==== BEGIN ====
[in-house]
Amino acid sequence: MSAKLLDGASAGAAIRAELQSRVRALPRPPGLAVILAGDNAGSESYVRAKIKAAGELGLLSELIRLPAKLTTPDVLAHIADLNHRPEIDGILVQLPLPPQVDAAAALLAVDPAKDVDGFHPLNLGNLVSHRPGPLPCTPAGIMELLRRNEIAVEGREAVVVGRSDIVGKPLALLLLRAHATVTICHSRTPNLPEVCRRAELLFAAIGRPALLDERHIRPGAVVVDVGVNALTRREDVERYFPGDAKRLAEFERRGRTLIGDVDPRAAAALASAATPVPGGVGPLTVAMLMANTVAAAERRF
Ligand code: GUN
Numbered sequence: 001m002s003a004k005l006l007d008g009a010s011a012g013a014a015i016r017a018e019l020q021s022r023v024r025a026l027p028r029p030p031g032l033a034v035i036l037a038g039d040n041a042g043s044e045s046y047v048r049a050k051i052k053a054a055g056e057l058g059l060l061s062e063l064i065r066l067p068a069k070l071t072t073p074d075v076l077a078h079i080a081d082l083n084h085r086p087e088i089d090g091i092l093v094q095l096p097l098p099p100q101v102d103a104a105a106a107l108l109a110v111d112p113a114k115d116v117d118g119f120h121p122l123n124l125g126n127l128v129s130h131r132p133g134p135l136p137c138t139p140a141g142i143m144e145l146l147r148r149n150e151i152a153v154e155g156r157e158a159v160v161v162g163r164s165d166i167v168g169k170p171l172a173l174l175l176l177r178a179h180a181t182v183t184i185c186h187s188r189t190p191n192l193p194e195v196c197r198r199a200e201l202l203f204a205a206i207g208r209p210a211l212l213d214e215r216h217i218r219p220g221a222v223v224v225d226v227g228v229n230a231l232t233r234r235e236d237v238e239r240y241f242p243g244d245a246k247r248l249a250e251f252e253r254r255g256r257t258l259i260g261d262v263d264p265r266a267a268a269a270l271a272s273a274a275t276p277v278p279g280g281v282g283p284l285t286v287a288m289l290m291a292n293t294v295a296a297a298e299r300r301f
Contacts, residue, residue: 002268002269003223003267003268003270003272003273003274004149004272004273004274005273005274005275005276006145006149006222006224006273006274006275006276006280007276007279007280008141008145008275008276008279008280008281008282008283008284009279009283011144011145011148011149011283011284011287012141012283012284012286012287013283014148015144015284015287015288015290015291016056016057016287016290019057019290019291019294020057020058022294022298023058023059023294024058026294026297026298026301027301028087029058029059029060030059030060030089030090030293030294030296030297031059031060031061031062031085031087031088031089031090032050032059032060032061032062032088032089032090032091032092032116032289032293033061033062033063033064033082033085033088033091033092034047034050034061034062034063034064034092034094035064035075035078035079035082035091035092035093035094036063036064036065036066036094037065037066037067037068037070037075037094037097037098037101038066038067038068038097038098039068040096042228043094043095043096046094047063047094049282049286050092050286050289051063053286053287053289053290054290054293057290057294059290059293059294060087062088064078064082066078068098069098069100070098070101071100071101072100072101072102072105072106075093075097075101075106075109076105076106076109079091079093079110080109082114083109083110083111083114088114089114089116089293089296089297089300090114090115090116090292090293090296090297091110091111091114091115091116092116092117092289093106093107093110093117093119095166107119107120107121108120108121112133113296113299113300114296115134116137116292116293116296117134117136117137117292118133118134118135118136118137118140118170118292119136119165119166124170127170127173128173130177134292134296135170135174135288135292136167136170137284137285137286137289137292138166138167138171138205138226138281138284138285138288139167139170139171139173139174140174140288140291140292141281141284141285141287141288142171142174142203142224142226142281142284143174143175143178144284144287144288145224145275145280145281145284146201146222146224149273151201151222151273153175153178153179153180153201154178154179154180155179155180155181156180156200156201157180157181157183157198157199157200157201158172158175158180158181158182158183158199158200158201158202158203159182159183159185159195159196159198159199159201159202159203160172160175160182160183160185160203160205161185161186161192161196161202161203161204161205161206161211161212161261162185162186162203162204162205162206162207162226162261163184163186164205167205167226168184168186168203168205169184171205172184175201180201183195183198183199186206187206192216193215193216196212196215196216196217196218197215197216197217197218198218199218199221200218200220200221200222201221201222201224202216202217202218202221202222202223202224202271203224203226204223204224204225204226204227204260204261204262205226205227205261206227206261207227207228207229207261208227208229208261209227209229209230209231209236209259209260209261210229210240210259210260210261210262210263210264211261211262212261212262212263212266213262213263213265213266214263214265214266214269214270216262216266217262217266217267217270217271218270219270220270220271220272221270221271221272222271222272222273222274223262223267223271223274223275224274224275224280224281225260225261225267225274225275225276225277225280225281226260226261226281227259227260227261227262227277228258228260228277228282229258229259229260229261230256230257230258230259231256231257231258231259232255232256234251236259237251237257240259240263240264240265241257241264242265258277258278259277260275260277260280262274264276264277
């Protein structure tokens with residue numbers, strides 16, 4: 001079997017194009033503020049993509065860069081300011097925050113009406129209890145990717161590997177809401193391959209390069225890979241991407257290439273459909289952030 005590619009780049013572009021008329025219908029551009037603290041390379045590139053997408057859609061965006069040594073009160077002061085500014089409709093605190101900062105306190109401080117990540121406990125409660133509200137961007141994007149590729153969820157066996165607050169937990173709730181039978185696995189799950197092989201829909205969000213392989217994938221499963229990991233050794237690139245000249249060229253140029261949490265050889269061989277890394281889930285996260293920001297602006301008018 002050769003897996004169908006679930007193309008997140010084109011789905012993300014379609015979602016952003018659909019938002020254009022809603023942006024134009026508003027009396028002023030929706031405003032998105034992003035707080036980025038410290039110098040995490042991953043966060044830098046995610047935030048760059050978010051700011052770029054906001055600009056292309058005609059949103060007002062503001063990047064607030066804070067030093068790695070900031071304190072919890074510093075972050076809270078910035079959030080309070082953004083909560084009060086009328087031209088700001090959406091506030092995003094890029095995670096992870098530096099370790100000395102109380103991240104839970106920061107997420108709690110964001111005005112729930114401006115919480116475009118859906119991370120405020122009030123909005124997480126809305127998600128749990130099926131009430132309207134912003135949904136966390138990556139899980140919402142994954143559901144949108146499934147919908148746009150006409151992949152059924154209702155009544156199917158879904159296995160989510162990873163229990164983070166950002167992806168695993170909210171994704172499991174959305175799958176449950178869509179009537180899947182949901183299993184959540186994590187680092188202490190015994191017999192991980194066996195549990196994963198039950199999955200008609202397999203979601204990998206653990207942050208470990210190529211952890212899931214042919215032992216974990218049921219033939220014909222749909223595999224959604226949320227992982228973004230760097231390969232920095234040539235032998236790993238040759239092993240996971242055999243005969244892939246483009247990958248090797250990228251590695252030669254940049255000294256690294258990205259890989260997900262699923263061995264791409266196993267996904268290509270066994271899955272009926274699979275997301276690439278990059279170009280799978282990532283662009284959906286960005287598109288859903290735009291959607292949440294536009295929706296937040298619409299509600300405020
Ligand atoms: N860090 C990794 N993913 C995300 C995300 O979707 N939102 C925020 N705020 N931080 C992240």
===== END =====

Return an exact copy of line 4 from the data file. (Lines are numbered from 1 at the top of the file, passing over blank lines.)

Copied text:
Numbered sequence: 001m002s003a004k005l006l007d008g009a010s011a012g013a014a015i016r017a018e019l020q021s022r023v024r025a026l027p028r029p030p031g032l033a034v035i036l037a038g039d040n041a042g043s044e045s046y047v048r049a050k051i052k053a054a055g056e057l058g059l060l061s062e063l064i065r066l067p068a069k070l071t072t073p074d075v076l077a078h079i080a081d082l083n084h085r086p087e088i089d090g091i092l093v094q095l096p097l098p099p100q101v102d103a104a105a106a107l108l109a110v111d112p113a114k115d116v117d118g119f120h121p122l123n124l125g126n127l128v129s130h131r132p133g134p135l136p137c138t139p140a141g142i143m144e145l146l147r148r149n150e151i152a153v154e155g156r157e158a159v160v161v162g163r164s165d166i167v168g169k170p171l172a173l174l175l176l177r178a179h180a181t182v183t184i185c186h187s188r189t190p191n192l193p194e195v196c197r198r199a200e201l202l203f204a205a206i207g208r209p210a211l212l213d214e215r216h217i218r219p220g221a222v223v224v225d226v227g228v229n230a231l232t233r234r235e236d237v238e239r240y241f242p243g244d245a246k247r248l249a250e251f252e253r254r255g256r257t258l259i260g261d262v263d264p265r266a267a268a269a270l271a272s273a274a275t276p277v278p279g280g281v282g283p284l285t286v287a288m289l290m291a292n293t294v295a296a297a298e299r300r301f